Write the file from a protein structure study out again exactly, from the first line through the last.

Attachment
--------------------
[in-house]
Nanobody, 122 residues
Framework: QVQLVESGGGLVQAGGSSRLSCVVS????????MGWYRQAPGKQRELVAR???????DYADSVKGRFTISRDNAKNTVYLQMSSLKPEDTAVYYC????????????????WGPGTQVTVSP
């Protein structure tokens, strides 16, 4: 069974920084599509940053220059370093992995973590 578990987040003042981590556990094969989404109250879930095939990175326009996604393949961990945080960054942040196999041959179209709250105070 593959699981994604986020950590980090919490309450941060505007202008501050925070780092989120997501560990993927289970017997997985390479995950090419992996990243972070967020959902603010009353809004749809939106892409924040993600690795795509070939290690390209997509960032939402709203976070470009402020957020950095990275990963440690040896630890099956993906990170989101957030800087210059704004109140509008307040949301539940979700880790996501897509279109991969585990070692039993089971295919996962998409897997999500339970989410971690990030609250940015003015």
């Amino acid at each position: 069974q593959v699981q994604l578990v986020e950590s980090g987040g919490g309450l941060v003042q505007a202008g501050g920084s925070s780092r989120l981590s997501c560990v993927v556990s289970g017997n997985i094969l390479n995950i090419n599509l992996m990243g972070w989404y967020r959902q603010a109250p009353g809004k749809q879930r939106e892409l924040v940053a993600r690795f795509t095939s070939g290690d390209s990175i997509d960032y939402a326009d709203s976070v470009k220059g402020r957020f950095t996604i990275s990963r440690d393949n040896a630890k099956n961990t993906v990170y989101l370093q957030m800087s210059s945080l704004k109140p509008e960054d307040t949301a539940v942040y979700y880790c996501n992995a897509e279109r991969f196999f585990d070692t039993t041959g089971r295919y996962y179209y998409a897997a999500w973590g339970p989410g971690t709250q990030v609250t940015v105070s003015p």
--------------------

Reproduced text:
[in-house]
Nanobody, 122 residues
Framework: QVQLVESGGGLVQAGGSSRLSCVVS????????MGWYRQAPGKQRELVAR???????DYADSVKGRFTISRDNAKNTVYLQMSSLKPEDTAVYYC????????????????WGPGTQVTVSP
């Protein structure tokens, strides 16, 4: 069974920084599509940053220059370093992995973590 578990987040003042981590556990094969989404109250879930095939990175326009996604393949961990945080960054942040196999041959179209709250105070 593959699981994604986020950590980090919490309450941060505007202008501050925070780092989120997501560990993927289970017997997985390479995950090419992996990243972070967020959902603010009353809004749809939106892409924040993600690795795509070939290690390209997509960032939402709203976070470009402020957020950095990275990963440690040896630890099956993906990170989101957030800087210059704004109140509008307040949301539940979700880790996501897509279109991969585990070692039993089971295919996962998409897997999500339970989410971690990030609250940015003015």
């Amino acid at each position: 069974q593959v699981q994604l578990v986020e950590s980090g987040g919490g309450l941060v003042q505007a202008g501050g920084s925070s780092r989120l981590s997501c560990v993927v556990s289970g017997n997985i094969l390479n995950i090419n599509l992996m990243g972070w989404y967020r959902q603010a109250p009353g809004k749809q879930r939106e892409l924040v940053a993600r690795f795509t095939s070939g290690d390209s990175i997509d960032y939402a326009d709203s976070v470009k220059g402020r957020f950095t996604i990275s990963r440690d393949n040896a630890k099956n961990t993906v990170y989101l370093q957030m800087s210059s945080l704004k109140p509008e960054d307040t949301a539940v942040y979700y880790c996501n992995a897509e279109r991969f196999f585990d070692t039993t041959g089971r295919y996962y179209y998409a897997a999500w973590g339970p989410g971690t709250q990030v609250t940015v105070s003015p």